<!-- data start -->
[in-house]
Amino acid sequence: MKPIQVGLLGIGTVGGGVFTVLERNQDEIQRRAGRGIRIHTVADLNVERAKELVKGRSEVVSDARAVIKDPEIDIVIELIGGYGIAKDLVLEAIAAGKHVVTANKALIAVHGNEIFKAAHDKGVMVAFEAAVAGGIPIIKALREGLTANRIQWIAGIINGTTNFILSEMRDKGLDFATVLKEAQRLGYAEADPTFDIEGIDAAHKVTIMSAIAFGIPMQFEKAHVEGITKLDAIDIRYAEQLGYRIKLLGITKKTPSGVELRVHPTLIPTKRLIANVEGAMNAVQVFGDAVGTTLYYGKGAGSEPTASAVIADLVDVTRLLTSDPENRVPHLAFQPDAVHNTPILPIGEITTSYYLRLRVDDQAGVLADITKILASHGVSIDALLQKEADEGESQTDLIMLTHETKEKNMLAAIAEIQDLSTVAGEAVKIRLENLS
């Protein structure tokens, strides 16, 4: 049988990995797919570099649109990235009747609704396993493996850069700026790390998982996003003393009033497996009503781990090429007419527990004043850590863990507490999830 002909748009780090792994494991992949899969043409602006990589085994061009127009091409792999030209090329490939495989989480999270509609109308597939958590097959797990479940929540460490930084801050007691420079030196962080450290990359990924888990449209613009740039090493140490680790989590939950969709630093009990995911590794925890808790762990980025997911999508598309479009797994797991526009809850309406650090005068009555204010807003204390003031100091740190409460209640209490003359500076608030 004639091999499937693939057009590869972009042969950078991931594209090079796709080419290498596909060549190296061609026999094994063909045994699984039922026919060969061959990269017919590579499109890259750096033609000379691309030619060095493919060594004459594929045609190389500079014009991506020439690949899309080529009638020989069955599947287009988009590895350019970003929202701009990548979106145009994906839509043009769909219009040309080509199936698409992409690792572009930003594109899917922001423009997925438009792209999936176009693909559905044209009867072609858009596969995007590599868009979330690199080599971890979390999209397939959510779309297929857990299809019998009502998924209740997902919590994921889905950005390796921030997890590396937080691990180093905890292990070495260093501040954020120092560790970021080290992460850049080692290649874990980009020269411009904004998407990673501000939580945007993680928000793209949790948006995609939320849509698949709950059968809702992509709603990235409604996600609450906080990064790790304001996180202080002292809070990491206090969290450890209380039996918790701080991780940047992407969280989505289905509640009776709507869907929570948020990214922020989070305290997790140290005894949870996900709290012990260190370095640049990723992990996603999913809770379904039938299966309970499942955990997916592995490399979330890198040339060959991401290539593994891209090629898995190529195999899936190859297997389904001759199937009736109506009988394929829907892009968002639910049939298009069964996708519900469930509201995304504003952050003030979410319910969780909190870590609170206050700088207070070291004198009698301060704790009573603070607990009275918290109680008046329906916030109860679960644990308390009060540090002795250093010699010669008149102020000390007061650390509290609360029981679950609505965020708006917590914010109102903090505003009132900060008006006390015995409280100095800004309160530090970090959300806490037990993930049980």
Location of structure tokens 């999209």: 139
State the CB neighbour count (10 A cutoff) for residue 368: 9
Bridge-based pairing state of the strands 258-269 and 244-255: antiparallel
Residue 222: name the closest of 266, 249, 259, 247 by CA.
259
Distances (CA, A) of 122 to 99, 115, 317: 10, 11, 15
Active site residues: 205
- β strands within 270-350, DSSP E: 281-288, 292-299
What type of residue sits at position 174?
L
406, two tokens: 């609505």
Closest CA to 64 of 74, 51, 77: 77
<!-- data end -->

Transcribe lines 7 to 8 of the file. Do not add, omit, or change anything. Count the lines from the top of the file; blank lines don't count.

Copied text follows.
Residue 222: name the closest of 266, 249, 259, 247 by CA.
259